Playing with Pouring

I am intrigued with watercolor pouring as a technique. Very different than my own style, it forces one to really look at the values in a study, and work based solely on those. I am planning to take a short workshop on pouring in late spring, but until then, I thought I would try to understand it a bit by trying some images.

This, my first one, is one of my favorite scenes from the Pyrenees from our trip there two years ago.

First: a photo from the work in progress:

I didn’t have any small thin brushes for the masking, so was trying to get some texture on the old buildings using a combed brush. A bit crude, but applying a few washes after I removed the masking certainly helped.

All in all, not a fabulous painting, but interesting to do, and it will help me work on several aspects of technique including brush control, line, and value/intensity.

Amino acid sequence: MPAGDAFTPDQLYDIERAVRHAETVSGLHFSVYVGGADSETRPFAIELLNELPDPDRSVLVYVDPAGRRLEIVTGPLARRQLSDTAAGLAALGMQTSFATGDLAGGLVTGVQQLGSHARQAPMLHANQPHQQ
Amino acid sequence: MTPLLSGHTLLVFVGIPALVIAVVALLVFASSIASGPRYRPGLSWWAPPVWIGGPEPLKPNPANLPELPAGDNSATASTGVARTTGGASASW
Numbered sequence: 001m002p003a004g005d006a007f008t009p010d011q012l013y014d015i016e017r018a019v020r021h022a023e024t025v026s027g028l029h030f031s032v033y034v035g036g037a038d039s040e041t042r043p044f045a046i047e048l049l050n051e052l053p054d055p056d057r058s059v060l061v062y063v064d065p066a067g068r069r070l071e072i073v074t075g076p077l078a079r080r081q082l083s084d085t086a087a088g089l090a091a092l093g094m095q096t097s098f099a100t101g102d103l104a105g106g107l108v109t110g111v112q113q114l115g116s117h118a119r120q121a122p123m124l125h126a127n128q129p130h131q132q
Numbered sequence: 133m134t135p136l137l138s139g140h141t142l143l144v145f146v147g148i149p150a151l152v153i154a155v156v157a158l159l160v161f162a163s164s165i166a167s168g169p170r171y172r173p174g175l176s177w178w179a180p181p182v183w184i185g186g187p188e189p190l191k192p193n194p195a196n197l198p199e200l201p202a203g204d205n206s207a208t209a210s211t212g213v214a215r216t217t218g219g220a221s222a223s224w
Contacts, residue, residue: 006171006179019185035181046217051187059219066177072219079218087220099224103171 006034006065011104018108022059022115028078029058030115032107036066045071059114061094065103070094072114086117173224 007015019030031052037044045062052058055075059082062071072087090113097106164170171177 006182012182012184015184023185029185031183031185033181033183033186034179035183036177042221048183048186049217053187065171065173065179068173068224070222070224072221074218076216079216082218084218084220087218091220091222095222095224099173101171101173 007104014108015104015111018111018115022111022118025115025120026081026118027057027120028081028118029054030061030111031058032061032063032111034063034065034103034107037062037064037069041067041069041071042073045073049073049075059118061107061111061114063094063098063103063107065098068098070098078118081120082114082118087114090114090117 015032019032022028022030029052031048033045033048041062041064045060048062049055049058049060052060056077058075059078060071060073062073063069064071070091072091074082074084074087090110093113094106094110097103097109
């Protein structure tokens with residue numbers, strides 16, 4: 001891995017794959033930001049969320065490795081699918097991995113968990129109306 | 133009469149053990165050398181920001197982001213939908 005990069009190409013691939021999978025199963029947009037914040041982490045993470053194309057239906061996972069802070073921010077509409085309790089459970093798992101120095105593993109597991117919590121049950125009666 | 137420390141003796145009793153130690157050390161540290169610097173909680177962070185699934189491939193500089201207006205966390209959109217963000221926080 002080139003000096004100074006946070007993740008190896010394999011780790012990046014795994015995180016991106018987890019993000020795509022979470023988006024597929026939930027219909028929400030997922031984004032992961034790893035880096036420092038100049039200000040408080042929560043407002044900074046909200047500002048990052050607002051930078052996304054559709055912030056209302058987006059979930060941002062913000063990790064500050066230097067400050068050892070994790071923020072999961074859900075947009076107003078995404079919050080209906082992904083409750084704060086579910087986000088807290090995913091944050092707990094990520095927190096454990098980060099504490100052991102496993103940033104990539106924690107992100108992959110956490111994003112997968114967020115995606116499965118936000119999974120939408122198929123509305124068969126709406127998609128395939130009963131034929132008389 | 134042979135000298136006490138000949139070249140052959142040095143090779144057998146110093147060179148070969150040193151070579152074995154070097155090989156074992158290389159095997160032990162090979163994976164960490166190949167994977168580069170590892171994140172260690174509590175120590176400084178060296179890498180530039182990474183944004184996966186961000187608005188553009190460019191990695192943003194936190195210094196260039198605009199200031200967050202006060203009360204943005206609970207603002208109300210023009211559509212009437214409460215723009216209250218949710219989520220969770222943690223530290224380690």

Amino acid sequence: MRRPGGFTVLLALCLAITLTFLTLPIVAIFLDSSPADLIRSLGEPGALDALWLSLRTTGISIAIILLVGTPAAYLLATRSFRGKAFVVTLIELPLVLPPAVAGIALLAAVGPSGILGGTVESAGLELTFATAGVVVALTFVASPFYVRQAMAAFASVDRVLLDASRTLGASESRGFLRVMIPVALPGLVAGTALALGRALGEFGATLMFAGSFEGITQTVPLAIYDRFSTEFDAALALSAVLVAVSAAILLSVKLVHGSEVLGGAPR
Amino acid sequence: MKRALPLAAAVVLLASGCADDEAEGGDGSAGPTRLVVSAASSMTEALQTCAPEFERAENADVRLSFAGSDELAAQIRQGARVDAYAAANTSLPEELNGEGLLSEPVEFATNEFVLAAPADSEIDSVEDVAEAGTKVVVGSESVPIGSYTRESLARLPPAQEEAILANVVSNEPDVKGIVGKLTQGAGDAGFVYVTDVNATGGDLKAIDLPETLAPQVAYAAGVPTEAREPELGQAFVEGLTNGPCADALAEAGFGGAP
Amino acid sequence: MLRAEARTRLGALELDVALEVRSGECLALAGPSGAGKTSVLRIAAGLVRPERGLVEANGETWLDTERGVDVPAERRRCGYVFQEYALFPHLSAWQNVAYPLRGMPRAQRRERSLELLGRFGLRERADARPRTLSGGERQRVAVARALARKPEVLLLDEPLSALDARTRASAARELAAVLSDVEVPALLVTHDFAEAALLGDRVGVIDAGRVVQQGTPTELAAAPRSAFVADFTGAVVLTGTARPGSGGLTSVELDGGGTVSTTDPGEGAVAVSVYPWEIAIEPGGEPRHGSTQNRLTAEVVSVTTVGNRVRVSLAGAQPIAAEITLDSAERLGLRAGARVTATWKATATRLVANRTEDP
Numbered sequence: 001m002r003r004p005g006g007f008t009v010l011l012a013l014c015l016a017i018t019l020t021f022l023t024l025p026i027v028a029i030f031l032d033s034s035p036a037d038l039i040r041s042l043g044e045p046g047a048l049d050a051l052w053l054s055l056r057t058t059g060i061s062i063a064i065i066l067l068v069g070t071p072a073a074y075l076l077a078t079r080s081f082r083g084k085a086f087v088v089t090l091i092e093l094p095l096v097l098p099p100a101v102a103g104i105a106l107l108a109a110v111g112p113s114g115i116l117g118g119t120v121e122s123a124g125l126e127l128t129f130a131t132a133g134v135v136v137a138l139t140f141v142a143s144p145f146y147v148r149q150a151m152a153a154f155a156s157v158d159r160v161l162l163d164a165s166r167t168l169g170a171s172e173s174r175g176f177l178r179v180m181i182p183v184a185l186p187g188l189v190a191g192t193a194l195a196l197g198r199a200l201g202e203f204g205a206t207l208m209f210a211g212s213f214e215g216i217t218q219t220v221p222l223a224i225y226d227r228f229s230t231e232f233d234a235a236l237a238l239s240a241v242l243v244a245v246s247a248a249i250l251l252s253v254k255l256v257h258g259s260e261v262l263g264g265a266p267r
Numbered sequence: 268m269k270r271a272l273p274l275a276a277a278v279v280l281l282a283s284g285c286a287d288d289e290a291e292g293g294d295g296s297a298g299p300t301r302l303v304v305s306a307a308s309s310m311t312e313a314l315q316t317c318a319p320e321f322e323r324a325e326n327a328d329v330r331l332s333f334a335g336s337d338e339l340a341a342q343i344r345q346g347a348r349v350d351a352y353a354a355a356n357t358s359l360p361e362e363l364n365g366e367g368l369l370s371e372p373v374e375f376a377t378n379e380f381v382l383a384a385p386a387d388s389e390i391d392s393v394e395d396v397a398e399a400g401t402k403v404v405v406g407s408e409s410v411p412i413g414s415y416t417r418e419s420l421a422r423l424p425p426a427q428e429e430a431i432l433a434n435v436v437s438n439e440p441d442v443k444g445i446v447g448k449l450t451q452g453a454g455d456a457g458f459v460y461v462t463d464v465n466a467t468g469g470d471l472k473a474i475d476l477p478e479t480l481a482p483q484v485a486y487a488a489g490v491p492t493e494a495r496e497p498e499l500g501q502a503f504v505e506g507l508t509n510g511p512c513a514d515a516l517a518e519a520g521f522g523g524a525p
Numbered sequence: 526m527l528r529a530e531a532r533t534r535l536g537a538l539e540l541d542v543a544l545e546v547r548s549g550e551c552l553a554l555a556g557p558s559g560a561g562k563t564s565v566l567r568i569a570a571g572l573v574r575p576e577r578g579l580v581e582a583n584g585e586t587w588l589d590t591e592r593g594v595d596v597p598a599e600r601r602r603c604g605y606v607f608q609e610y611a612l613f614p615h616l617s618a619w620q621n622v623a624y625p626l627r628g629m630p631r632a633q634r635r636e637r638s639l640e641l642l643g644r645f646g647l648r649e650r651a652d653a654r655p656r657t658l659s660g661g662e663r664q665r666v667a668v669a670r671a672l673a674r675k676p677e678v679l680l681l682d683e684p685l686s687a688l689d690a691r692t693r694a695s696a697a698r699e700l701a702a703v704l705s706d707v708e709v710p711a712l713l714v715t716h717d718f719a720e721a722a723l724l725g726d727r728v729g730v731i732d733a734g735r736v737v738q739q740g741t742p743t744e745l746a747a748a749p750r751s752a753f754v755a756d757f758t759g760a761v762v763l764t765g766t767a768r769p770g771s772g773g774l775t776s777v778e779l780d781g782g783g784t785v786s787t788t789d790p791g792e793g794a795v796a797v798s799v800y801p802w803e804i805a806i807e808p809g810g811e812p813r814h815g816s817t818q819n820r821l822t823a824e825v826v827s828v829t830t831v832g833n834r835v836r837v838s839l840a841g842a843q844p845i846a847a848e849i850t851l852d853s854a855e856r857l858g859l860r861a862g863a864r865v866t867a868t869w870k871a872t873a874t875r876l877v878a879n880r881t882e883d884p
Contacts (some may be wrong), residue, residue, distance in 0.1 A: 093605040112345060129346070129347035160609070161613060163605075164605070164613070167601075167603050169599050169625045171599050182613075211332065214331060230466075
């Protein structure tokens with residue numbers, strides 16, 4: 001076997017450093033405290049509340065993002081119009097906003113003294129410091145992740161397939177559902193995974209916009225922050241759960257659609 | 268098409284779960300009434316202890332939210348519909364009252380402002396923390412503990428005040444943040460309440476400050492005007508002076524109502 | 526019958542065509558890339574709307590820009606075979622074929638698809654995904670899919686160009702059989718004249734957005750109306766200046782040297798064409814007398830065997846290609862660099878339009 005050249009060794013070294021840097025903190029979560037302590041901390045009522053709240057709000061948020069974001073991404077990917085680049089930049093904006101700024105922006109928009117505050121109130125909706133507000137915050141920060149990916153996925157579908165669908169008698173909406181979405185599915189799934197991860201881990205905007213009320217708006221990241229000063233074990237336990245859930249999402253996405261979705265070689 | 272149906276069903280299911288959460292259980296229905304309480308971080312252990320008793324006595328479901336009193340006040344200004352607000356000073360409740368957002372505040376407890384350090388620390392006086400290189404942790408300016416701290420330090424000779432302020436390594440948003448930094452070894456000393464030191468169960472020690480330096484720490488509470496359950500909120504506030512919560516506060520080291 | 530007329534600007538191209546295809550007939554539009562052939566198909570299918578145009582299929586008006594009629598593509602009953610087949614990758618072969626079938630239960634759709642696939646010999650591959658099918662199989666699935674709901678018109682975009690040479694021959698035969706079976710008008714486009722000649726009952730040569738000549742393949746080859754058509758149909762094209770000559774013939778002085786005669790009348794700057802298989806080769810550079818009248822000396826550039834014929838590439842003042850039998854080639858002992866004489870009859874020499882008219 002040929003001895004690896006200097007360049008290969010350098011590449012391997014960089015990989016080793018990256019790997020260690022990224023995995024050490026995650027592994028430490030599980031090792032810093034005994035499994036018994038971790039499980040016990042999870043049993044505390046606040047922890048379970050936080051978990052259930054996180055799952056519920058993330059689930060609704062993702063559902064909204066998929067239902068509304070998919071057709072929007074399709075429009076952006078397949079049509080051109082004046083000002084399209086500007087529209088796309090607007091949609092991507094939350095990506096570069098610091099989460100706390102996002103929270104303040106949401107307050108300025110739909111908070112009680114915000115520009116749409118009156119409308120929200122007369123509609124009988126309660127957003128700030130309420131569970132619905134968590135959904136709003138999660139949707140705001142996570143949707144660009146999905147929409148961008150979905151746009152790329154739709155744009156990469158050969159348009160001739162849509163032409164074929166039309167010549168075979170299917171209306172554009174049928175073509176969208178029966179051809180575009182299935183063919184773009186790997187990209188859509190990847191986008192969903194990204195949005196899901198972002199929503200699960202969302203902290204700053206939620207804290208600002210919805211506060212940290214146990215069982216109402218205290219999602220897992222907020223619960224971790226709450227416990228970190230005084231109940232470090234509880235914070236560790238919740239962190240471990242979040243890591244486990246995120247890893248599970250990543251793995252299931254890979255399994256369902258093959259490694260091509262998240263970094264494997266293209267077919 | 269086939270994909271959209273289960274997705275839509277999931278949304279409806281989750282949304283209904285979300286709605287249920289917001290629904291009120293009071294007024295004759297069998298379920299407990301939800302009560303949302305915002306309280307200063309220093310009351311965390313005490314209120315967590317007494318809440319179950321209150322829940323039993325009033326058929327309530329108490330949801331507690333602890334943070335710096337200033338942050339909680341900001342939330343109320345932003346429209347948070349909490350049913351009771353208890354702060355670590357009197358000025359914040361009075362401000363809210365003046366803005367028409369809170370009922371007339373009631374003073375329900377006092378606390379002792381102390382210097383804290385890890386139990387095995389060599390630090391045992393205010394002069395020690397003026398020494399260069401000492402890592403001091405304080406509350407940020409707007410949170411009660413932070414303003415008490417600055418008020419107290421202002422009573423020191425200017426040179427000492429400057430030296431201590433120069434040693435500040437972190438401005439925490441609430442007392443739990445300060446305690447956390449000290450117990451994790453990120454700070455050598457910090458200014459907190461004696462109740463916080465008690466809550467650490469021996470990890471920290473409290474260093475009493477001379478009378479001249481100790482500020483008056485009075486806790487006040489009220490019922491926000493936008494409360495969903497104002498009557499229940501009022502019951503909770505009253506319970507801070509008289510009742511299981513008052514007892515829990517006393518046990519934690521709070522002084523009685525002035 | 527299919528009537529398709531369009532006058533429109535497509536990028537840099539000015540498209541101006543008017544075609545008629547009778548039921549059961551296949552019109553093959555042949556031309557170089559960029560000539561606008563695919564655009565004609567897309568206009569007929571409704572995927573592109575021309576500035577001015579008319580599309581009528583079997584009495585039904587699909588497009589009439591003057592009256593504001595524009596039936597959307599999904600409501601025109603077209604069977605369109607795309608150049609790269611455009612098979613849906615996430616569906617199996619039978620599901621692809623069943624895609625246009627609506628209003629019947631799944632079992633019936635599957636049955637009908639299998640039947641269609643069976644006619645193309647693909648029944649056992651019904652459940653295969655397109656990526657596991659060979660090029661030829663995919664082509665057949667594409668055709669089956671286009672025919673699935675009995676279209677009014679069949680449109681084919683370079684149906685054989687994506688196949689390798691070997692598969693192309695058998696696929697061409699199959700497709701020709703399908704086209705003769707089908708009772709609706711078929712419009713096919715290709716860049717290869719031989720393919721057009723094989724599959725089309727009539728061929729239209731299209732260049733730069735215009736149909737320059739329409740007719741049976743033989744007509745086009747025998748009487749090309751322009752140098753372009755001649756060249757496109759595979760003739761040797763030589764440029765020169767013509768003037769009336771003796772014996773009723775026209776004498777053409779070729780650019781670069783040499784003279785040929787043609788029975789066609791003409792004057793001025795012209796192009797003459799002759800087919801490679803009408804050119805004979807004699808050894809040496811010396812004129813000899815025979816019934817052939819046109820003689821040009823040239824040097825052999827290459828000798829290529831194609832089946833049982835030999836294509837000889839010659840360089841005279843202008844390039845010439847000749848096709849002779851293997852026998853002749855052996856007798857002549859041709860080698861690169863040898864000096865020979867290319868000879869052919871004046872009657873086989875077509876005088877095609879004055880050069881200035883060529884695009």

Making Do….

I decided to take advantage of what could be the last really nice autumn day last Friday. I packed up my things and went to Whipple Dam State Park, which is just under a half hour from my house. I walked around a bit, enjoyed the leaves and colors and the views, and set up on the beach next to the lake. As I unpacked my travel bag, I discover that everything was in there EXCEPT the sketchbook!!!

The only paper I had was a tiny notepad in my car (sheets measuring about 2″ x 4″!), so I tried to make do with it. Lousy paper, and much to small. But sometimes, you have to work with what you’ve got, right?

Industrial Interlude

I am rather obsessed with flowers this time of year, but did take a break while traveling on a train to New York two weeks ago. I had a limited palette, and only water brushes (which I don’t particularly care for), but am pleased with this laptop sketch on the train.